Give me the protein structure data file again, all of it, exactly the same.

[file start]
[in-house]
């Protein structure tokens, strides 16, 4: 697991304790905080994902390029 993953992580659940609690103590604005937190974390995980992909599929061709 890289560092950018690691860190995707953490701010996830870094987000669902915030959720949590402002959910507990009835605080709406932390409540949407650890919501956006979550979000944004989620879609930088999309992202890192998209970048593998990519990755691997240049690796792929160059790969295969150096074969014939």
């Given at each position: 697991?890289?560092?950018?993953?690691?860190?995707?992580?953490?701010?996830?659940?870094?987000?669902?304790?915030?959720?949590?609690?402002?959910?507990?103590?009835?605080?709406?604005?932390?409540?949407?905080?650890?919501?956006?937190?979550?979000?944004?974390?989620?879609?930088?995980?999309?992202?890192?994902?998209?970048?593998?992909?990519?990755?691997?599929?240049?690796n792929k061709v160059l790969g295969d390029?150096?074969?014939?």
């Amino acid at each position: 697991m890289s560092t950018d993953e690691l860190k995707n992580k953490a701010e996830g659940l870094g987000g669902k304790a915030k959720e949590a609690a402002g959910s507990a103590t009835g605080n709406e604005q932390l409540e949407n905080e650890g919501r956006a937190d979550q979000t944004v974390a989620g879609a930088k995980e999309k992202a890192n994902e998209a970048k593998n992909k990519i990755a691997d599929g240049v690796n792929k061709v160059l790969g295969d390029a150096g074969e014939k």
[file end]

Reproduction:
[in-house]
């Protein structure tokens, strides 16, 4: 697991304790905080994902390029 993953992580659940609690103590604005937190974390995980992909599929061709 890289560092950018690691860190995707953490701010996830870094987000669902915030959720949590402002959910507990009835605080709406932390409540949407650890919501956006979550979000944004989620879609930088999309992202890192998209970048593998990519990755691997240049690796792929160059790969295969150096074969014939």
């Given at each position: 697991?890289?560092?950018?993953?690691?860190?995707?992580?953490?701010?996830?659940?870094?987000?669902?304790?915030?959720?949590?609690?402002?959910?507990?103590?009835?605080?709406?604005?932390?409540?949407?905080?650890?919501?956006?937190?979550?979000?944004?974390?989620?879609?930088?995980?999309?992202?890192?994902?998209?970048?593998?992909?990519?990755?691997?599929?240049?690796n792929k061709v160059l790969g295969d390029?150096?074969?014939?």
């Amino acid at each position: 697991m890289s560092t950018d993953e690691l860190k995707n992580k953490a701010e996830g659940l870094g987000g669902k304790a915030k959720e949590a609690a402002g959910s507990a103590t009835g605080n709406e604005q932390l409540e949407n905080e650890g919501r956006a937190d979550q979000t944004v974390a989620g879609a930088k995980e999309k992202a890192n994902e998209a970048k593998n992909k990519i990755a691997d599929g240049v690796n792929k061709v160059l790969g295969d390029a150096g074969e014939k």